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PICs Set Their Sights Beyond Data and Telecom

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Having powered the data revolution, photonic integrated circuits are bringing compact, power-efficient solutions to new markets, including health care, agriculture, and automotive.

CAROL DE VRIES, PHOTONDELTA

Due to the strong association that photonic integrated circuits (PICs) have with the data and telecom markets, it is easy to overlook their potential in other verticals — such as health care, agriculture and food production, and automotive applications — where integrated photonics offers the promise for compact, energy-efficient, and innovative solutions. So what challenges are these industries facing? How is integrated photonics helping to solve these challenges? And what might the future hold?

Health care

A combination of factors is adversely affecting the provision of timely and affordable health care around the world. With an aging population, staffing shortages, and an uneven distribution of resources, health care systems are under ever-increasing pressure to do more with less. Over the next decade, rising health care costs in developed countries and access to health care in developing ones will become two of the most pressing challenges, according to the World Health Organization1.

An integrated photonic module for light alignment and wavelength selection in a microscope application. The module uses three different laser inputs and combines and distributes them on chip following the user’s selection. The light is then optimized to interact with a free-space optics system. Courtesy of Carl Zeiss.


An integrated photonic module for light alignment and wavelength selection in a microscope application. The module uses three different laser inputs and combines and distributes them on chip following the user’s selection. The light is then optimized to interact with a free-space optics system. Courtesy of Carl Zeiss.

One solution to this challenge is to combine earlier and more effective diagnosis of afflictions with preventative measures designed to alleviate health problems before they arise, which provides a powerful strategy for improving health care. Before this improvement can happen, practitioners need to embrace innovative and disruptive technologies.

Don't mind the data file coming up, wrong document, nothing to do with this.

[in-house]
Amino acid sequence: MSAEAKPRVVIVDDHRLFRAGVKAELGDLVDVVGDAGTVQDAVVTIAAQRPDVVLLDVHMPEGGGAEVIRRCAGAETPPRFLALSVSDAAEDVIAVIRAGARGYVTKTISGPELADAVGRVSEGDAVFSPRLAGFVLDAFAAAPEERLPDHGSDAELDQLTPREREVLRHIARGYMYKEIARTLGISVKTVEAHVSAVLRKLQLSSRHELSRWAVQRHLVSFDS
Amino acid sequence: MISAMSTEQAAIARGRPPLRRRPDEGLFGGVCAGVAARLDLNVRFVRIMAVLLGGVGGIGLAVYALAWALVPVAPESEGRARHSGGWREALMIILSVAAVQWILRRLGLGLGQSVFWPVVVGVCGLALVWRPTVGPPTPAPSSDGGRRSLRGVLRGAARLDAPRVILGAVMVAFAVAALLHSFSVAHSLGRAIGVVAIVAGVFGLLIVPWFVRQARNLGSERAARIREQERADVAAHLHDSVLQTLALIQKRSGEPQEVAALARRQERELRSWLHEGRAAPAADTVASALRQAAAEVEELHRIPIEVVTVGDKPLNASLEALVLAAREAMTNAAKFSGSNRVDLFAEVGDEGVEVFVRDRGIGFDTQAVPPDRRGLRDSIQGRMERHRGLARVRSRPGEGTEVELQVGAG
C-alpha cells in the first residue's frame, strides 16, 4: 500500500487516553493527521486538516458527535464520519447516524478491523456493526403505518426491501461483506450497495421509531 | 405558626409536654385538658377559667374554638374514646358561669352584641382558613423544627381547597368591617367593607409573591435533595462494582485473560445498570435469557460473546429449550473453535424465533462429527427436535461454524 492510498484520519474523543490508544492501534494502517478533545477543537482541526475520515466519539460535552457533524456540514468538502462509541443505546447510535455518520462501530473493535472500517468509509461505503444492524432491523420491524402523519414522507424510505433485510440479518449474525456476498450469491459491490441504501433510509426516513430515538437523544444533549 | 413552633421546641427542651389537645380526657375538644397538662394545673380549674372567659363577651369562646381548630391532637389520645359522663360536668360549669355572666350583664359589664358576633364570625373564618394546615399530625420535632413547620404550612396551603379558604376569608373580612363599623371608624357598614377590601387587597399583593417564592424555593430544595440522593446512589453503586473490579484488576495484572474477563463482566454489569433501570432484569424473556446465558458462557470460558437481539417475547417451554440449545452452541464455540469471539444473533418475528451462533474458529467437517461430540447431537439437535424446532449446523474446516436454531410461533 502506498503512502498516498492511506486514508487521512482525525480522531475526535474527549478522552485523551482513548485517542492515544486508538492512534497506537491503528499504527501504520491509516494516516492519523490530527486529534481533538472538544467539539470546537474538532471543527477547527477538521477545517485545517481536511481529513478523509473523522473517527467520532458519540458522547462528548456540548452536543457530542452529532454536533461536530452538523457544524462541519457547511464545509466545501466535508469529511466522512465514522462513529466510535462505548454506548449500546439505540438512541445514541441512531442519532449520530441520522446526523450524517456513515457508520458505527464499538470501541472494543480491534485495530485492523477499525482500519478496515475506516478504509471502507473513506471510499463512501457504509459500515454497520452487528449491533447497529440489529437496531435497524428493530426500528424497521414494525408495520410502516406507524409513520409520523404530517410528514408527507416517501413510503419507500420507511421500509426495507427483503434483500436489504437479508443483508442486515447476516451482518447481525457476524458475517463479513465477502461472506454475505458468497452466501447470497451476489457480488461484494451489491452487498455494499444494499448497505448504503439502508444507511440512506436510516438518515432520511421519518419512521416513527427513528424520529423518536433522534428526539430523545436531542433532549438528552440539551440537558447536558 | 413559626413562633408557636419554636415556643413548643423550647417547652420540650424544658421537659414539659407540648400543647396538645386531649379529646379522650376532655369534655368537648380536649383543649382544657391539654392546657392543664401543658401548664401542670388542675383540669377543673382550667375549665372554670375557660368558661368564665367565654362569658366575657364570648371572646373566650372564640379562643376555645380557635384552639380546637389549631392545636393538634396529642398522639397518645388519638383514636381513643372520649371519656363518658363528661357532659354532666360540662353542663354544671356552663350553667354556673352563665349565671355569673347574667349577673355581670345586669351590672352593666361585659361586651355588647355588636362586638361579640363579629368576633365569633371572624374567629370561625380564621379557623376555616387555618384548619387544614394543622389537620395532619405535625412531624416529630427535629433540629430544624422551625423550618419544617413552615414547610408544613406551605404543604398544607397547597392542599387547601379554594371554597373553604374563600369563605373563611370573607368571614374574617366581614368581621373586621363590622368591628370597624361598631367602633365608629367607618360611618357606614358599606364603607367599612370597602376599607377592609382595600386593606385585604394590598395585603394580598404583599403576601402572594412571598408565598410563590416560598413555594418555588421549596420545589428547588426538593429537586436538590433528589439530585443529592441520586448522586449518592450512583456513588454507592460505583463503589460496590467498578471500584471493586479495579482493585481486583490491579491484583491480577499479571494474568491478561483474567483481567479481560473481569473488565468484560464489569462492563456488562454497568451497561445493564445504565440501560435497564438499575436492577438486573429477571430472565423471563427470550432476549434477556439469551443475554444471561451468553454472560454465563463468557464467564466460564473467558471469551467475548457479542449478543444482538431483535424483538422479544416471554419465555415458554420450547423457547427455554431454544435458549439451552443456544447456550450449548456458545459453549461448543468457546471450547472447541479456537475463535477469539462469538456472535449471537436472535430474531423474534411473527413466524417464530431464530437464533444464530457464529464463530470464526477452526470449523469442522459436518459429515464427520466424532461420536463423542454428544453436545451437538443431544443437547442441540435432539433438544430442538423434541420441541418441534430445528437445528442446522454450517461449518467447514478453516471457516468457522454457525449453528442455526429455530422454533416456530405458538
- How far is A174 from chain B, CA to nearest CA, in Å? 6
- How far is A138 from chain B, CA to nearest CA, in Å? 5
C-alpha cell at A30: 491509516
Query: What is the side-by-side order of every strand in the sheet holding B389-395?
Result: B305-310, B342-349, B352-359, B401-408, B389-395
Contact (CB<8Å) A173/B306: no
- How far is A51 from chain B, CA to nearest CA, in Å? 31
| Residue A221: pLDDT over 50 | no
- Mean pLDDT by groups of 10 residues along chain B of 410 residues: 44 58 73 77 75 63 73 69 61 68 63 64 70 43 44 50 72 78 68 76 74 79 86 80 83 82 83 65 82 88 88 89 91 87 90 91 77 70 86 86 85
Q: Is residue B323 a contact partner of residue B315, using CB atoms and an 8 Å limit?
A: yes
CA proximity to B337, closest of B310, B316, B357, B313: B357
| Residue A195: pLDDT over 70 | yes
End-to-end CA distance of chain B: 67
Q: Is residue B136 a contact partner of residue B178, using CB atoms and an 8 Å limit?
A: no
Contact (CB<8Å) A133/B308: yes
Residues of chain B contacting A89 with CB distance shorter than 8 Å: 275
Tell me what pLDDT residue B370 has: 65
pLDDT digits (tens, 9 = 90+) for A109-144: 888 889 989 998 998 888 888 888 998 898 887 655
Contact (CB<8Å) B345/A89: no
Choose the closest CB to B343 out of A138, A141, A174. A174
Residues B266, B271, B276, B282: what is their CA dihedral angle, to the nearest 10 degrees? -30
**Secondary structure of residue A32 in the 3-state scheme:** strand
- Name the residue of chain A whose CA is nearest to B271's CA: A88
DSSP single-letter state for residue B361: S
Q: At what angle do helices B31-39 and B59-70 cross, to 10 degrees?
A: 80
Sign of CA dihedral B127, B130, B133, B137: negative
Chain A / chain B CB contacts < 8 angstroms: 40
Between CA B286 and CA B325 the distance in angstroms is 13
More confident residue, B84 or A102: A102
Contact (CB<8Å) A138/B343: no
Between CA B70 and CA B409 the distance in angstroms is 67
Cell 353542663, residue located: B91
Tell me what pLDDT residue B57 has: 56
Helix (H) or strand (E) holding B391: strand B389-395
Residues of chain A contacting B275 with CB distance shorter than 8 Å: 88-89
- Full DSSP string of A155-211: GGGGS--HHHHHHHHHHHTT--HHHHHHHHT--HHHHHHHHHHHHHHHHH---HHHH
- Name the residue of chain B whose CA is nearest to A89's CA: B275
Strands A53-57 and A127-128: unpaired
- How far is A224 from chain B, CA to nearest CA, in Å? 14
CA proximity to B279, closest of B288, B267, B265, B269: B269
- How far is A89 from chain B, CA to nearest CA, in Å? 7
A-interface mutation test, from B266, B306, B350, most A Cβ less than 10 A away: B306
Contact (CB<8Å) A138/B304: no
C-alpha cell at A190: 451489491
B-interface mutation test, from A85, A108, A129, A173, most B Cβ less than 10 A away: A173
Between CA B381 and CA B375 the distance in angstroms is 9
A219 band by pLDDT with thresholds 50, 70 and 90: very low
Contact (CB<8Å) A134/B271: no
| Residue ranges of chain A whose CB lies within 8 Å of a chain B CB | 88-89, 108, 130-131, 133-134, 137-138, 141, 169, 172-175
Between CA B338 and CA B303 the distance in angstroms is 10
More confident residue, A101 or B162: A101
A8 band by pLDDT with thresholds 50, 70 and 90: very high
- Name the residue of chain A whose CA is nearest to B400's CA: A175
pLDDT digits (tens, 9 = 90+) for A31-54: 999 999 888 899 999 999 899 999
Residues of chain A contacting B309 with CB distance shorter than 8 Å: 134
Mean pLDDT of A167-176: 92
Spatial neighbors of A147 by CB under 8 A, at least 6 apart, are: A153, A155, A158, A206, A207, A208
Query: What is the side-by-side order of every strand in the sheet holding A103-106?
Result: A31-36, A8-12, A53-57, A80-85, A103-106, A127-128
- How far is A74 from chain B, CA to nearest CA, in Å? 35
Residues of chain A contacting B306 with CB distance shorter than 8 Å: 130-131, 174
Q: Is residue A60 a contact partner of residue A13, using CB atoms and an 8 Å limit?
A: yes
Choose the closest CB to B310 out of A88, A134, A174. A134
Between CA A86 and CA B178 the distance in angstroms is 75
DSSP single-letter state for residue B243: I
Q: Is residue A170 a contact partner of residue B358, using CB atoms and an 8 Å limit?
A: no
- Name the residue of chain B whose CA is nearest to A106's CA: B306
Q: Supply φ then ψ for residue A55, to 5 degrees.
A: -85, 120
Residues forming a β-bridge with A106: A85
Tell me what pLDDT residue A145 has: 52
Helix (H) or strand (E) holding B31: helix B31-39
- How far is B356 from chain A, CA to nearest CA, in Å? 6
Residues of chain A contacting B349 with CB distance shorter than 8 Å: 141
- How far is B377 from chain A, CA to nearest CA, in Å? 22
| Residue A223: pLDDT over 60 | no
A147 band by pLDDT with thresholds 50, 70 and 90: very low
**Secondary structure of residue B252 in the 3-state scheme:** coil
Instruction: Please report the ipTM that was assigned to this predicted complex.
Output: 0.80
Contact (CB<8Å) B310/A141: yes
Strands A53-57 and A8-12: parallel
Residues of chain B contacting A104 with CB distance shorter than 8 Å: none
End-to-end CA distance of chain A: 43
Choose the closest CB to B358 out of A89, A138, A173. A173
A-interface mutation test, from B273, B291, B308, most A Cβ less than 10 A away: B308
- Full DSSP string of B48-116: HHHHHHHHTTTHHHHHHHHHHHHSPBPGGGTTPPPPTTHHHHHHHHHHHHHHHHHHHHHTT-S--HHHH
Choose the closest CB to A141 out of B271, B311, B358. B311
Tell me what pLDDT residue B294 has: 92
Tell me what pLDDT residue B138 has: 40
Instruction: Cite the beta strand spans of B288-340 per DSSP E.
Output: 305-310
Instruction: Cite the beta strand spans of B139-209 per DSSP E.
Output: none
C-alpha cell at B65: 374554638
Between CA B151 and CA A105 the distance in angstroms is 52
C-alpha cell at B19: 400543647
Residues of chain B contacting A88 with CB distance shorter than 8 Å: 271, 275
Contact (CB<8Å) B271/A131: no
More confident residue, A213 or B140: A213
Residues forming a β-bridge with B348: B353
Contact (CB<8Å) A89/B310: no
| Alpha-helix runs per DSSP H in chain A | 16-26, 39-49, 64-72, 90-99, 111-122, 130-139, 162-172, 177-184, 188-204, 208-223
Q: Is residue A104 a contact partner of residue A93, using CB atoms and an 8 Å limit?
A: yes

The beauty of integrated photonics is that it can be used to provide compact, lightweight, low-powered solutions. In a health care setting, integrated photonics can improve diagnostic support by bringing sensing, imaging, and testing to front-line health care workers and their patients. In short, integrated photonics has the potential to take medical testing out of the laboratory and into the field.

On-chip OCT has been achieved using common path interferometers and cascaded arrayed waveguide gratings on TriPleX photonic integrated circuits (PICs) (right). CCDs are also integrated to allow immediate spectral analysis of the detected light.


On-chip OCT has been achieved using common path interferometers and cascaded arrayed waveguide gratings on TriPleX photonic integrated circuits (PICs). CCDs are also integrated to allow immediate spectral analysis of the detected light. Courtesy of LioniX International.

Photonic biosensors packaged by PHIX Photonics Assembly. Courtesy of Gijs van Ouwerkerk.


Photonic biosensors packaged by PHIX Photonics Assembly. Courtesy of Gijs van Ouwerkerk.

By bringing reliable and accurate diagnostic devices to the front lines, health care providers save time and money while improving patient outcomes. For medical device companies, PIC- enabled solutions unlock new and growing market opportunities. Meanwhile, patients experience speedier testing and results, and therefore gain access to the right treatment more quickly.

Applications for integrated photonics in health care range from low-cost testing and patient monitoring to point-of-care diagnostics. Interestingly, the same technology has also found applications in agriculture and food processing. By way of illustration, six examples of PIC platforms follow, along with their applications in point-of-care testing.

PIC platforms

Visible and near-infrared spectroscopy. Used in smartwatches, visible and near-infrared spectroscopy can measure vital signs such as heart rate, as well as biochemical markers for hydration and proteins. When extended to multispectral infrared spectroscopy, PICs enable wearables to monitor an even wider range of biological information — including the level of glucose, alcohol, and protein — in a medical context.